The effect of the Great Recession on the U.S. labor market will likely persist even after economic output has recovered. Although the Great Recession did not greatly change the relative probabilities of job loss for different types of workers, the long-run impact will vary by worker characteristics. Workers who lost long-term jobs during the recession are at increased risk of future job loss due to the loss of protection afforded by long job tenure, and older displaced workers are at relatively high risk of prolonged spells of unemployment and premature retirement. The recent increase in the job vacancy rate with relatively little change in the unemployment rate suggests a decrease in the efficiency of job matching and an increase in the NAIRU. However, this phenomenon may pass once aggregate demand has increased enough to bring vacancy rates back within their normal range and extended unemployment insurance programs have expired.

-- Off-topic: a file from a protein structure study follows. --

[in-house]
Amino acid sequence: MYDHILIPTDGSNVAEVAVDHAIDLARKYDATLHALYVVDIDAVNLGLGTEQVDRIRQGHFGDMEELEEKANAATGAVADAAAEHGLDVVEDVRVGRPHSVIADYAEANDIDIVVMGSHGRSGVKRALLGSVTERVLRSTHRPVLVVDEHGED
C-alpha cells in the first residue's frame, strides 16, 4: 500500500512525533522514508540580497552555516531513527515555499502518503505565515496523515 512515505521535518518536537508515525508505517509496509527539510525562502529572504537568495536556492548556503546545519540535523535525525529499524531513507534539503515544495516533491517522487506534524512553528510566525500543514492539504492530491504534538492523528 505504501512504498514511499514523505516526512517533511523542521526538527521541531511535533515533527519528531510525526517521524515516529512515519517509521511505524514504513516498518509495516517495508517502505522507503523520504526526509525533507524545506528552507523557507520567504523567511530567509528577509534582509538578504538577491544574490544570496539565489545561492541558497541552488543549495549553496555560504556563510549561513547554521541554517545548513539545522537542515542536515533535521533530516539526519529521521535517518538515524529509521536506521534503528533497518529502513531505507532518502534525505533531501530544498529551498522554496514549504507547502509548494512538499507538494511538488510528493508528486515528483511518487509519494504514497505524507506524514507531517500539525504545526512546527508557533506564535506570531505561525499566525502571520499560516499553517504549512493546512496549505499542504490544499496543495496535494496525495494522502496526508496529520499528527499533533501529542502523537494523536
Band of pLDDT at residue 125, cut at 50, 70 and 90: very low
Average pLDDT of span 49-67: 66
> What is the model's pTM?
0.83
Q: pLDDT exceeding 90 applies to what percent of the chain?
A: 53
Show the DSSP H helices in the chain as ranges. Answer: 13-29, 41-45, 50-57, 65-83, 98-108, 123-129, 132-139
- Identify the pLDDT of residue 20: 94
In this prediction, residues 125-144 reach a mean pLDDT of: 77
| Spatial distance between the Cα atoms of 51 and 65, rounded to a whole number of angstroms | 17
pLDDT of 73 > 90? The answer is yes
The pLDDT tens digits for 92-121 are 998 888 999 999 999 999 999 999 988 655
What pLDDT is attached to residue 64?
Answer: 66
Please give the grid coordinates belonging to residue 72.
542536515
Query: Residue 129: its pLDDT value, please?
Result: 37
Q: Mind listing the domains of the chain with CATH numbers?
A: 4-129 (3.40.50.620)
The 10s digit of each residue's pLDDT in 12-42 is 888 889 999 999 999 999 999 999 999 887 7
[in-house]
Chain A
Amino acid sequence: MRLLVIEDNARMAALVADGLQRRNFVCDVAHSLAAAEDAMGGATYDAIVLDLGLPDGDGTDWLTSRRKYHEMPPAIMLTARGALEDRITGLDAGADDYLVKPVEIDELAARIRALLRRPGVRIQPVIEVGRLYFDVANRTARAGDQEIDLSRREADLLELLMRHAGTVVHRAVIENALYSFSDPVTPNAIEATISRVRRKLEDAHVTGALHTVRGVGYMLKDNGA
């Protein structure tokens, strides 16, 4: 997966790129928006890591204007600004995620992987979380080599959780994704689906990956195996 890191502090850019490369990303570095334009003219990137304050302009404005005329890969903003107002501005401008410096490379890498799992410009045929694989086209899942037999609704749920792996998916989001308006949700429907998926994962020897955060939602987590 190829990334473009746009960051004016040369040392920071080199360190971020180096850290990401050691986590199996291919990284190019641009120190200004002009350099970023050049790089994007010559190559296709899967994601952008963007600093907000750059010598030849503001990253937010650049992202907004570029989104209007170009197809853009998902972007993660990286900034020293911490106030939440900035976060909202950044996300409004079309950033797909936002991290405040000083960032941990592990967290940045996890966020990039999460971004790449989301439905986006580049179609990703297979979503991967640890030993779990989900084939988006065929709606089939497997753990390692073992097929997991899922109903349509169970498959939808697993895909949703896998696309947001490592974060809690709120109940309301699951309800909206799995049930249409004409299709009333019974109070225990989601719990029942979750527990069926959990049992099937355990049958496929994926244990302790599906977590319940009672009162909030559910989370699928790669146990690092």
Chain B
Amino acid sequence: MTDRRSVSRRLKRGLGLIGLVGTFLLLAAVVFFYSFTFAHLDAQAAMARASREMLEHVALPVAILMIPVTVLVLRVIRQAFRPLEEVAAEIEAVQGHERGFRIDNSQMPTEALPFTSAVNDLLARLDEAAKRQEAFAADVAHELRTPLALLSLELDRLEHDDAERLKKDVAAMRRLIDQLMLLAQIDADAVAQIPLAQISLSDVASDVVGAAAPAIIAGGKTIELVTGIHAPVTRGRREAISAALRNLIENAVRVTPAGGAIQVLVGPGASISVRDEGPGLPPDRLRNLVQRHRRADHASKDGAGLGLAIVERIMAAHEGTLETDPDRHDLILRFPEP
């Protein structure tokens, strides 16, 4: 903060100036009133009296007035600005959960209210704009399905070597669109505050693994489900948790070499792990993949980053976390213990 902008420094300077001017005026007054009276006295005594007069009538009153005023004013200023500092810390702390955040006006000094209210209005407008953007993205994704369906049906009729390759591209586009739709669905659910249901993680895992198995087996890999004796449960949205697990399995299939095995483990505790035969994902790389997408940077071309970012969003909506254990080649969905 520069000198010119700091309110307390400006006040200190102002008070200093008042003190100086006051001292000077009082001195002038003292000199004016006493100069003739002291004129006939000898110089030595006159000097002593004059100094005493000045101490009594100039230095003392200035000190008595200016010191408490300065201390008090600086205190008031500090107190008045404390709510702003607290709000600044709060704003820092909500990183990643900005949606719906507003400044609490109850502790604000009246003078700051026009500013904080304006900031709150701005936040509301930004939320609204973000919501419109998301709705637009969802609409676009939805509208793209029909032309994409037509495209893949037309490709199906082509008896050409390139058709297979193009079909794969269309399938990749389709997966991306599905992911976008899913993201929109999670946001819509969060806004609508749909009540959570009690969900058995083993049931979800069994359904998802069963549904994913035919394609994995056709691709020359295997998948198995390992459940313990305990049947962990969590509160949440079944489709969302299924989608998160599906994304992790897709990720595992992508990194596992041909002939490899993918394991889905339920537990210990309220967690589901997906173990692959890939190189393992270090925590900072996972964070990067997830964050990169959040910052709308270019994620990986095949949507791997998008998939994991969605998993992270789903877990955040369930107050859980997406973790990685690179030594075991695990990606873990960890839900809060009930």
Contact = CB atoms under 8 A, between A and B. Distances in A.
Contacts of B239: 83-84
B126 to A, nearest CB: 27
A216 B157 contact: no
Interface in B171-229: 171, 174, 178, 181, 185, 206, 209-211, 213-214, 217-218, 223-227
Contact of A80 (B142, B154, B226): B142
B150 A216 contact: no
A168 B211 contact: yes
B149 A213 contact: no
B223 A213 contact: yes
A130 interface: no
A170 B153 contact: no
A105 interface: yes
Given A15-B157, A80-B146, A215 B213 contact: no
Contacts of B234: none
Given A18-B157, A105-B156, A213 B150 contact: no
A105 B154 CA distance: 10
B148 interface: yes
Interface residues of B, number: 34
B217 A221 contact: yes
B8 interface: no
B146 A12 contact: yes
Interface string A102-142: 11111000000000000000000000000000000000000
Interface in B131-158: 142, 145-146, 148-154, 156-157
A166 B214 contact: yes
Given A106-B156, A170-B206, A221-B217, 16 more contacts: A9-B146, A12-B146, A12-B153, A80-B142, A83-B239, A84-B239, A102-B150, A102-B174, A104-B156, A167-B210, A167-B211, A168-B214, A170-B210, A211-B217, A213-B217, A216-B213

The B.E. Journal of Macroeconomics publishes significant research and scholarship in theoretical and applied macroeconomics. The range of topics includes business cycle research, economic growth, and monetary economics, as well as topics drawn from the substantial areas of overlap between macroeconomics and international economics, labor economics, finance, development economics, political economy, public economics, econometric theory.